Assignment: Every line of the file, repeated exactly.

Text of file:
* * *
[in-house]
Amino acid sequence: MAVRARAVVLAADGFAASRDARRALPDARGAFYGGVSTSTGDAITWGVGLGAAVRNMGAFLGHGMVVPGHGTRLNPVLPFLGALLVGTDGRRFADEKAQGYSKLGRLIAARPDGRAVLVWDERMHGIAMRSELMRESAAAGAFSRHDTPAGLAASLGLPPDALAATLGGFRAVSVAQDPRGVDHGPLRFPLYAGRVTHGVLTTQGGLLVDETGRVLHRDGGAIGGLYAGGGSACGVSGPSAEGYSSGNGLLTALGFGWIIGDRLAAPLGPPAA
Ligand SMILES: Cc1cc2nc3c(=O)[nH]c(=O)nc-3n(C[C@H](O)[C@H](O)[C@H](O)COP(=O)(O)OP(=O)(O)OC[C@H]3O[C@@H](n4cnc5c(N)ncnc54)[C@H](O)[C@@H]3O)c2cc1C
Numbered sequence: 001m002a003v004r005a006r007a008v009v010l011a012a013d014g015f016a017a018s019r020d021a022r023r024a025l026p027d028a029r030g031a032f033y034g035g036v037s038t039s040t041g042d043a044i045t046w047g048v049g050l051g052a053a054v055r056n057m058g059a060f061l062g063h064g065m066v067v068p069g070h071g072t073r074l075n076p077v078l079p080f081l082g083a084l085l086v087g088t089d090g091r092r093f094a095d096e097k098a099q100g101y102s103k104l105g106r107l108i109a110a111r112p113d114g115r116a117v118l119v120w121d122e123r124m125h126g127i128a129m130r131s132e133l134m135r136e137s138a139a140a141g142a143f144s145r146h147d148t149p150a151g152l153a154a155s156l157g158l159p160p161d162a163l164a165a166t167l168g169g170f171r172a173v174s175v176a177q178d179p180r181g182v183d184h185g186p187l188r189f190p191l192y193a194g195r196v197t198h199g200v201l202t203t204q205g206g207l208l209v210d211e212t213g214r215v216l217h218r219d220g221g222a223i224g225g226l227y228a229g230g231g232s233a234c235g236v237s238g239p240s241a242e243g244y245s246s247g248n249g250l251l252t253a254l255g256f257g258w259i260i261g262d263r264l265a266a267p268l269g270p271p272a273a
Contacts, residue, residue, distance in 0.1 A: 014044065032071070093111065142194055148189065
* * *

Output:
[in-house]
Amino acid sequence: MAVRARAVVLAADGFAASRDARRALPDARGAFYGGVSTSTGDAITWGVGLGAAVRNMGAFLGHGMVVPGHGTRLNPVLPFLGALLVGTDGRRFADEKAQGYSKLGRLIAARPDGRAVLVWDERMHGIAMRSELMRESAAAGAFSRHDTPAGLAASLGLPPDALAATLGGFRAVSVAQDPRGVDHGPLRFPLYAGRVTHGVLTTQGGLLVDETGRVLHRDGGAIGGLYAGGGSACGVSGPSAEGYSSGNGLLTALGFGWIIGDRLAAPLGPPAA
Ligand SMILES: Cc1cc2nc3c(=O)[nH]c(=O)nc-3n(C[C@H](O)[C@H](O)[C@H](O)COP(=O)(O)OP(=O)(O)OC[C@H]3O[C@@H](n4cnc5c(N)ncnc54)[C@H](O)[C@@H]3O)c2cc1C
Numbered sequence: 001m002a003v004r005a006r007a008v009v010l011a012a013d014g015f016a017a018s019r020d021a022r023r024a025l026p027d028a029r030g031a032f033y034g035g036v037s038t039s040t041g042d043a044i045t046w047g048v049g050l051g052a053a054v055r056n057m058g059a060f061l062g063h064g065m066v067v068p069g070h071g072t073r074l075n076p077v078l079p080f081l082g083a084l085l086v087g088t089d090g091r092r093f094a095d096e097k098a099q100g101y102s103k104l105g106r107l108i109a110a111r112p113d114g115r116a117v118l119v120w121d122e123r124m125h126g127i128a129m130r131s132e133l134m135r136e137s138a139a140a141g142a143f144s145r146h147d148t149p150a151g152l153a154a155s156l157g158l159p160p161d162a163l164a165a166t167l168g169g170f171r172a173v174s175v176a177q178d179p180r181g182v183d184h185g186p187l188r189f190p191l192y193a194g195r196v197t198h199g200v201l202t203t204q205g206g207l208l209v210d211e212t213g214r215v216l217h218r219d220g221g222a223i224g225g226l227y228a229g230g231g232s233a234c235g236v237s238g239p240s241a242e243g244y245s246s247g248n249g250l251l252t253a254l255g256f257g258w259i260i261g262d263r264l265a266a267p268l269g270p271p272a273a
Contacts, residue, residue, distance in 0.1 A: 014044065032071070093111065142194055148189065